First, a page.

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I have been asked a question from the higher ups. We're investigating getting hard armor for some of our officers. The higher ups want it to be individual issue (good), but once an officer leaves patrol, they want to pull back the armor and re-issue it to someone else. I mentioned that we might be issuing compromised armor (not shot, but dropped/damaged/worn), in addition to the usual annual inspection requirements. This brought up the follow-up: how do we handle annual inspections or inspections prior to re-issuing the armor?

 

Is there an existing topic or link about how departments should handle inspection of armor plates? FWIW, we're almost certainly going with some sort of ceramic hybrid type of plate (not steel, and not 100% poly).

 

Thanks,

 

Mike

Not stressed, but I am a carrier.

Original Post

Uncommon but wise practice is to start an x-ray file for each new unissued plate. Then follow up with whatever frequency interval seems appropriate for re-x-ray. Plates are pretty durable. Annual Xray is probably overkill, but annual visual inspection of plates and soft armor at the same time an officer's issued firearms are armorer inspected would be reasonable.

I would be comfortable with re X-raying plates every five years, when turned in by an officer who is quitting (prior to reissue), or following a MVA or other incident that could conceivably have damaged the plates.

I saw that thread, and I understand the recommendations. What I'm wondering is, do most departments contract for this type of service (and how much would it cost?), or do they send out their plates for analysis (again, how much $$$, and where?). I get that we should be examining the plates every few years and any time trauma is suspected. We'd probably want to inspect any plate we reissue, too.

 

Departments like policies and "best practices" that are in writing and done by other agencies. Stuff like that is what I'm looking for. Heck, is there some sort of training or certification for armor inspection? my PD would probably want someone on staff to have such a thing if it exists.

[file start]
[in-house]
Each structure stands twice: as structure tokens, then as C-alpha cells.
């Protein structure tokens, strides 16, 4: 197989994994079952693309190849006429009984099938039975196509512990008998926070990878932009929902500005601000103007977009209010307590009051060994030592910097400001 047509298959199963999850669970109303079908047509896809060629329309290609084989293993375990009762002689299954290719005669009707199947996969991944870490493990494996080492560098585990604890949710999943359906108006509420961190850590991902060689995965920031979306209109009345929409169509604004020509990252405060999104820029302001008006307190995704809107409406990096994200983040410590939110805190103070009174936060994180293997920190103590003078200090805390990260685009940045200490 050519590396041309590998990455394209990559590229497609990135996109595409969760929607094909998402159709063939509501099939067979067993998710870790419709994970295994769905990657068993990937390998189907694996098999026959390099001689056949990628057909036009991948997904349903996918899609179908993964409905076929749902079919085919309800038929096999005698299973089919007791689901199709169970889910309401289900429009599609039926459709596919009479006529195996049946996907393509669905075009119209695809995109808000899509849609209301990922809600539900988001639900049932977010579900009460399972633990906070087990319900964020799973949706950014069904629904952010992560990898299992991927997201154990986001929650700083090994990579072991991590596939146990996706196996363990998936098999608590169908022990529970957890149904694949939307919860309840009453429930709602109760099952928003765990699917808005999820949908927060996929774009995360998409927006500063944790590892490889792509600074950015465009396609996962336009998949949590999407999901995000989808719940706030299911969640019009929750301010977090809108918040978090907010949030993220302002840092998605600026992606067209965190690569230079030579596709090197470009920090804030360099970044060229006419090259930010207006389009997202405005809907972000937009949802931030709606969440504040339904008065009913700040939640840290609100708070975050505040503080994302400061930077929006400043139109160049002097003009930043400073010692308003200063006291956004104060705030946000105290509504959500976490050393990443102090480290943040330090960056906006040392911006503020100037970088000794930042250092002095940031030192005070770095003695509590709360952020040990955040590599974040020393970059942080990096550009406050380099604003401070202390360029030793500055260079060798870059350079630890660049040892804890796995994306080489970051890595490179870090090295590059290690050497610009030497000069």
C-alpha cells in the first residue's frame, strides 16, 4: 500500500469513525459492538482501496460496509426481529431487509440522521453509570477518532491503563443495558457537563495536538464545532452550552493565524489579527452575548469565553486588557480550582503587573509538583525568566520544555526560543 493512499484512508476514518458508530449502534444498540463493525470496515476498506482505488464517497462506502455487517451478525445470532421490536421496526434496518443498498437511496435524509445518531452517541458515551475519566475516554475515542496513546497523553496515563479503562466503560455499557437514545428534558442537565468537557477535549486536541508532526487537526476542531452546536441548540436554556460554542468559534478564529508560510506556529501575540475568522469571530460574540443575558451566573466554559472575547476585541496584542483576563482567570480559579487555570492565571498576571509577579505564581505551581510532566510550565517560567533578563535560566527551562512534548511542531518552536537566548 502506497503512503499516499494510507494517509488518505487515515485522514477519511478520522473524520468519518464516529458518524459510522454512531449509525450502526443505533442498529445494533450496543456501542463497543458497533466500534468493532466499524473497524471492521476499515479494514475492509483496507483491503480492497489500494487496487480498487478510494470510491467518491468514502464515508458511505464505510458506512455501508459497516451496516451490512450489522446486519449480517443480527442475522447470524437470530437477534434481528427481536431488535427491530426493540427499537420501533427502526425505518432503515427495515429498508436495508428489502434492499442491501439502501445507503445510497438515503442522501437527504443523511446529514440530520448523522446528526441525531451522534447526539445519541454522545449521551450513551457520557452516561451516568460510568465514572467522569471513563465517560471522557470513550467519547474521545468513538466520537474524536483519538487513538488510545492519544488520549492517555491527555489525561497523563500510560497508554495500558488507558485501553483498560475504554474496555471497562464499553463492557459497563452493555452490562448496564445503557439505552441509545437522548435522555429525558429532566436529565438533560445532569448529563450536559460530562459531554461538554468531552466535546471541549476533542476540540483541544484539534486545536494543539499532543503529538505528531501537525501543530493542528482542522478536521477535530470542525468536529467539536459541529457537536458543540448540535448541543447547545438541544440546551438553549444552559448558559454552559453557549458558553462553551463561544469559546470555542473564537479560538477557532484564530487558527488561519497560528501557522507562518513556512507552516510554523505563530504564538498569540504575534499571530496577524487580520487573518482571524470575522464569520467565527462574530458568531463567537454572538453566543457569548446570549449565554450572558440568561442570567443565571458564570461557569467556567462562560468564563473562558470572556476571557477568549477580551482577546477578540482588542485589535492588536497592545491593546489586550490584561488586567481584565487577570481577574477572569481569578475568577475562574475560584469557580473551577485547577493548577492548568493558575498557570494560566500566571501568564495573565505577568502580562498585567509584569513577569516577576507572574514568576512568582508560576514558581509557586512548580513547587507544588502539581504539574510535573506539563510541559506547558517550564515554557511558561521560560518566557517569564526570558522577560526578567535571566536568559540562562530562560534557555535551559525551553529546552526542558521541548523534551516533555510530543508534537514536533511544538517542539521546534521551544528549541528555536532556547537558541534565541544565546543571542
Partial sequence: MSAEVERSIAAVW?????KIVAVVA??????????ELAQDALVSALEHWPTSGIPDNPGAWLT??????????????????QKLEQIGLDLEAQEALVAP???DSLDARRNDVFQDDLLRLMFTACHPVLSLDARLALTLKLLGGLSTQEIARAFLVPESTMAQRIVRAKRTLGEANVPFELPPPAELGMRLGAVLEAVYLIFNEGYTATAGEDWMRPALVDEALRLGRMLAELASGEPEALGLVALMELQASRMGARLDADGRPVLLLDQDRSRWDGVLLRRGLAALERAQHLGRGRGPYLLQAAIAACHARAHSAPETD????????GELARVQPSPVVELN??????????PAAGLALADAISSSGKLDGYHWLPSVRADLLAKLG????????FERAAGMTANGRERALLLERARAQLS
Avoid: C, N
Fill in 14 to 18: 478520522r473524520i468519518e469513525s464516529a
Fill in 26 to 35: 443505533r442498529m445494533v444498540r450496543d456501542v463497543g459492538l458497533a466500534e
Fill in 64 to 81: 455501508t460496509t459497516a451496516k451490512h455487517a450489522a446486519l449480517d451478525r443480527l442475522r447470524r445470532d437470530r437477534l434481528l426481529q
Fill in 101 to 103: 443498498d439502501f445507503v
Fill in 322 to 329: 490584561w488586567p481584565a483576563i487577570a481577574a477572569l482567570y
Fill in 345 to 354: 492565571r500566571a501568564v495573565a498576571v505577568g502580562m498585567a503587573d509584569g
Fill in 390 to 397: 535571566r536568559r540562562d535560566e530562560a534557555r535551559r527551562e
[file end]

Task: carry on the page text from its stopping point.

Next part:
Mike

Not stressed, but I am a carrier.

This topic makes my head hurt. There are so many variables for "in-service" plates it's hard to predict what will cause a true failure. Everyone wants to X-ray plates for some assurance of serviceability but x-ray is widely known as the worst NDT method to use for crack detection. There are many variables that come into play if you want to x-ray your plates. The tech's skill, equipment, film quality, size and orientation of defect, etc. Medical x-rays wouldn't be my first choice but may be all you can find available locally. If you want to go down this route, make sure the tech is using a reference standard like a line pair gauge. This will show you that you have sufficient clarity to see and compare defects against. 

One of the simplest methods to check for breakage in a standard personnel plate is to attempt to softly bend it over the edge of a hard counter in different directions. Any give at all should have the plate taken out of service. 

I've X-rayed plates in test scenarios that showed big cracks but still performed acceptably when shot. I've also seen plates fail spectacularly when shots were made into fairly minor flaws. I think the backing material used for the ceramics and the encasing material is going to make the biggest difference. If you can hold broken ceramics together well, you have a better chance of defeating a threat. If there is play or movement, the rounds will tear the casing and sneak through. 

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